“We have serious concerns about the constitutionality of this Nebraska compromise as it results in special treatment for only one state in the nation at the expense of the other 49,” Graham and DeMint wrote.

Nebraska wasn’t alone in getting Medicaid breaks. Vermont, Louisiana and Massachusetts also got help with their programs.

Along with Texas, officials in Washington, Alabama, Colorado and Michigan confirmed they were working with McMaster.

North Dakota Attorney General Wayne Stenehjem said he wasn’t sure what could be done while the federal legislation remained under debate. Officials in the other states did not immediately respond to a request for comment.

Meanwhile on Tuesday, Tennessee’s Republican Senate Speaker Ron Ramsey called for his state’s attorney general to investigate the deal.

Ramsey, McMaster and Michigan’s Mike Cox are running for governor in their states.

“Whether in the court of law or in the court of public opinion, we must bring an end to this culture of corruption,” McMaster said. The negotiations “on their face appear to be a form of vote buying paid for by taxpayers,” he said.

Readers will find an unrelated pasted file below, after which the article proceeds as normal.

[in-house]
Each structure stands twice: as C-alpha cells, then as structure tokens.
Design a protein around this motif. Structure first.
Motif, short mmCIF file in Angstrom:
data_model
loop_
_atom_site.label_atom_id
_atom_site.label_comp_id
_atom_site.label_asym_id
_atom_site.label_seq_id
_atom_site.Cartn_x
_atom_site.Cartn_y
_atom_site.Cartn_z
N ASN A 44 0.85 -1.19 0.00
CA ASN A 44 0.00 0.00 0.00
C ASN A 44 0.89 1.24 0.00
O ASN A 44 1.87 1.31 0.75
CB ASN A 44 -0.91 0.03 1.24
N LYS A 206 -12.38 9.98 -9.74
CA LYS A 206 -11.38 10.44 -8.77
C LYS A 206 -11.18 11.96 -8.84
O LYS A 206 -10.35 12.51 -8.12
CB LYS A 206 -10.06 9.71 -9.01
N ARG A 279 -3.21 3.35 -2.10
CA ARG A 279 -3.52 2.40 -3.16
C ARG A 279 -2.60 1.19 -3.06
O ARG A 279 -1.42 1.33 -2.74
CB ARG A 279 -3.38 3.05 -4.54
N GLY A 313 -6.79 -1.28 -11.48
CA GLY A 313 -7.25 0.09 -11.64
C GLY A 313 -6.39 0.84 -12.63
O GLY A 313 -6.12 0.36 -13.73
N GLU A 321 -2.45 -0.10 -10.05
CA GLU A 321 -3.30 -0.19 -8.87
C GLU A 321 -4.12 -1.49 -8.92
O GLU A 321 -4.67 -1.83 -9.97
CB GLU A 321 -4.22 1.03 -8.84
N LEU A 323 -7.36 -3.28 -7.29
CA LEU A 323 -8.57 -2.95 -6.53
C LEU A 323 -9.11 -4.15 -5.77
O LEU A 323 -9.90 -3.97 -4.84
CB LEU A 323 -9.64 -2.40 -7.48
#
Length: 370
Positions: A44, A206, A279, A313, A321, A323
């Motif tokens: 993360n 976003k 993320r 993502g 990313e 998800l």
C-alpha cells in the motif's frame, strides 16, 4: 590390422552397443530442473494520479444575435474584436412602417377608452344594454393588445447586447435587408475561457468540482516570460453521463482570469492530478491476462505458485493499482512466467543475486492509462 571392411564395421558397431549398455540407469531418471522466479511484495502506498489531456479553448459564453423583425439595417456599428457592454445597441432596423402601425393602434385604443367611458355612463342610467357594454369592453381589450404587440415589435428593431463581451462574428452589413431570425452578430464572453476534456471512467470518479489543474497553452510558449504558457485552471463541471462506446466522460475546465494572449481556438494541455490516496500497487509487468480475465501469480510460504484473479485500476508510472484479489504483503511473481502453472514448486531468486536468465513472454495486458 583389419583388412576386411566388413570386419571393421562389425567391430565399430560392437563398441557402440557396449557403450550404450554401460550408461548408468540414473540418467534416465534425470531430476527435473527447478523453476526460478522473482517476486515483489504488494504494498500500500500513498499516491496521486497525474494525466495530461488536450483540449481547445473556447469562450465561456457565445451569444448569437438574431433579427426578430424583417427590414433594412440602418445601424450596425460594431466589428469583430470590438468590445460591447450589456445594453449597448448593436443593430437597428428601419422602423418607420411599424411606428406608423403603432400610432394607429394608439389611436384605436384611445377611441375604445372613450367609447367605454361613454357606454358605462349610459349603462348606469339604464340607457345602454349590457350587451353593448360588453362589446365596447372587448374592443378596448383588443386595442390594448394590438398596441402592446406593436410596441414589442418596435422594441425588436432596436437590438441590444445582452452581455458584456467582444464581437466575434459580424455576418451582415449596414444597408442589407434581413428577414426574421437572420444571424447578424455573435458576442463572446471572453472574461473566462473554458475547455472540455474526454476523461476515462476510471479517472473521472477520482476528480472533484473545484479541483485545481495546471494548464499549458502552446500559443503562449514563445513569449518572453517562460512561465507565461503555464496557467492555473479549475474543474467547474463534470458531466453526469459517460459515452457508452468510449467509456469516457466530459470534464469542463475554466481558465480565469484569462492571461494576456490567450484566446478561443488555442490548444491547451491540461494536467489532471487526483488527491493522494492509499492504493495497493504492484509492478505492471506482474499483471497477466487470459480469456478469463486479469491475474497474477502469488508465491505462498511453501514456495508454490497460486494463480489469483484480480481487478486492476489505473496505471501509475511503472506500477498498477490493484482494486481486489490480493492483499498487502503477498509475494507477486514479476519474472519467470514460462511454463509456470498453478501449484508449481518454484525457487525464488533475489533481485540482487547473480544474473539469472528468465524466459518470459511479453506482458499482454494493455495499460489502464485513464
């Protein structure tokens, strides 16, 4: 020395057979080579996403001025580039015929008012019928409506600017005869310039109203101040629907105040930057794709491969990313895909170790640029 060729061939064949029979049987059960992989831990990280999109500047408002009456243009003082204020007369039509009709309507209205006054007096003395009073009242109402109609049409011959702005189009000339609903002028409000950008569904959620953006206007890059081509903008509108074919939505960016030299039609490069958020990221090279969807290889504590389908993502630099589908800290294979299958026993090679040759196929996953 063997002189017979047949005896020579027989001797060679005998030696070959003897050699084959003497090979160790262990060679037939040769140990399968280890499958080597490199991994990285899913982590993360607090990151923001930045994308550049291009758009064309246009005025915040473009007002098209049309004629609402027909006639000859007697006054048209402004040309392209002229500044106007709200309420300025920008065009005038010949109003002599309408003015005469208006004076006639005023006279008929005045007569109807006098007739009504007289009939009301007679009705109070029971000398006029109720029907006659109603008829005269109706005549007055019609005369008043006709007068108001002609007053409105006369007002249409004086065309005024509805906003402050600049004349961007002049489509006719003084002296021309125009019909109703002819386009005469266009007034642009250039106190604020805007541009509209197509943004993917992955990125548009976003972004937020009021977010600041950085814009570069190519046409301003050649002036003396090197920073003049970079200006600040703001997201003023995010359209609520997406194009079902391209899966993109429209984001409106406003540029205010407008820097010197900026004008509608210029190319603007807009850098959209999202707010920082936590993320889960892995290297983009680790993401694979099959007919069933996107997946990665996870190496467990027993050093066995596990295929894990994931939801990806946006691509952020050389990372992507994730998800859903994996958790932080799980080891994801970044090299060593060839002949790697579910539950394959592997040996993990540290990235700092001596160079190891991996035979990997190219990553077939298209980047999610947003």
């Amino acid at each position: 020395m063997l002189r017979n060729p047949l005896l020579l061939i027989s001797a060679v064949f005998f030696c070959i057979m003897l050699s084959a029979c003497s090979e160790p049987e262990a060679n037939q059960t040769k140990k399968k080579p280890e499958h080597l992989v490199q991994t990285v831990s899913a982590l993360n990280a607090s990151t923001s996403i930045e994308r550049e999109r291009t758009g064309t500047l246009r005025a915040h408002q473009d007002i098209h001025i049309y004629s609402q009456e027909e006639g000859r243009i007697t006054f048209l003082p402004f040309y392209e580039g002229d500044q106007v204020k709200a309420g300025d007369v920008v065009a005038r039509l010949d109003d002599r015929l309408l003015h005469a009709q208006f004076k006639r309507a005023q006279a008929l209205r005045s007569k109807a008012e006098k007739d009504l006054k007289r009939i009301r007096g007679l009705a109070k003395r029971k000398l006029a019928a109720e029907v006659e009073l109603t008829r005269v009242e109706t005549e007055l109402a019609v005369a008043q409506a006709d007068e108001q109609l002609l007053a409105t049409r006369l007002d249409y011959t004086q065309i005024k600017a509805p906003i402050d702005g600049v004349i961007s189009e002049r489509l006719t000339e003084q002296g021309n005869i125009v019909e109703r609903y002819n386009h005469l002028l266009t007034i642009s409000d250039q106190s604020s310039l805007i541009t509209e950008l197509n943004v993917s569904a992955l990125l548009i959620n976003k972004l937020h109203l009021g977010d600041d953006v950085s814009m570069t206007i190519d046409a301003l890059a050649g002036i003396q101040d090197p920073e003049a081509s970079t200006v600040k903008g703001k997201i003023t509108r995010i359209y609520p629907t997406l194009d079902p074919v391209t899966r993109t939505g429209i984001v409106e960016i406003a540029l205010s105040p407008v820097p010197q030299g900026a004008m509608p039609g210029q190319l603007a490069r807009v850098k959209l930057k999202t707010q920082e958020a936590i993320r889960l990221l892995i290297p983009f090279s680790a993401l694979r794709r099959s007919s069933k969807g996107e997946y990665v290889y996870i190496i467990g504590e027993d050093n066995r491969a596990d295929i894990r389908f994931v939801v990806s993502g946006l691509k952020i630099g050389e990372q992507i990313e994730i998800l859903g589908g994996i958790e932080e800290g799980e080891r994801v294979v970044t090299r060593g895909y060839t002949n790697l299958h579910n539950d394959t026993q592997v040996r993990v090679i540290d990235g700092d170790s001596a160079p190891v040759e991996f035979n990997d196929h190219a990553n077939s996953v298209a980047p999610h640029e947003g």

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‘We’ll assist anyone’
McMaster is encouraging a South Carolina citizen to step forward to sue to challenge the measure if it is signed into law. “We’ll assist anyone to the extent that we’re able,” McMaster said.

Also Tuesday, U.S. House Majority Whip Jim Clyburn, D-S.C., said Republicans need to stop complaining about deals their colleagues made.

“Rather than sitting here and carping about what Nelson got for Nebraska, I would say to my friends on the other side of the aisle: Let’s get together and see what we can get for South Carolina,” Clyburn said.

For instance, Clyburn expects states will get more help covering Medicaid expansion costs. Critics say the federal government’s coverage of 91 percent of those future costs will disappear, leaving states with huge holes in their budgets. Clyburn says the legislation the federal share should be 95 percent, with states picking up no more than 5 percent.

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Comments
  1. Longknife 21 says:

    I saw That the Georgia Gov. has instructed his AG to look into this, also.
    Where is Oklahoma? And Louisiana? Oh, they got a BIG bribe too!

  2. Longknife 21 says:

    I Emailed Greg Abbott, Attorney General, and Gov. Rick Perry to encourage them to fight this huge boondoggle of ObamaCare. I also stated that if the Socialism in the Federal Gov’t can not be stopped that the States should secede and Texas should lead. I sincerely believe that is the only way to preserve our Constitutional Republic for ourselves, and others who may join us, and perhaps restore it to the Union.
    I tried to copy and paste the whole letter, but couldn’t get it to work.Oh Well!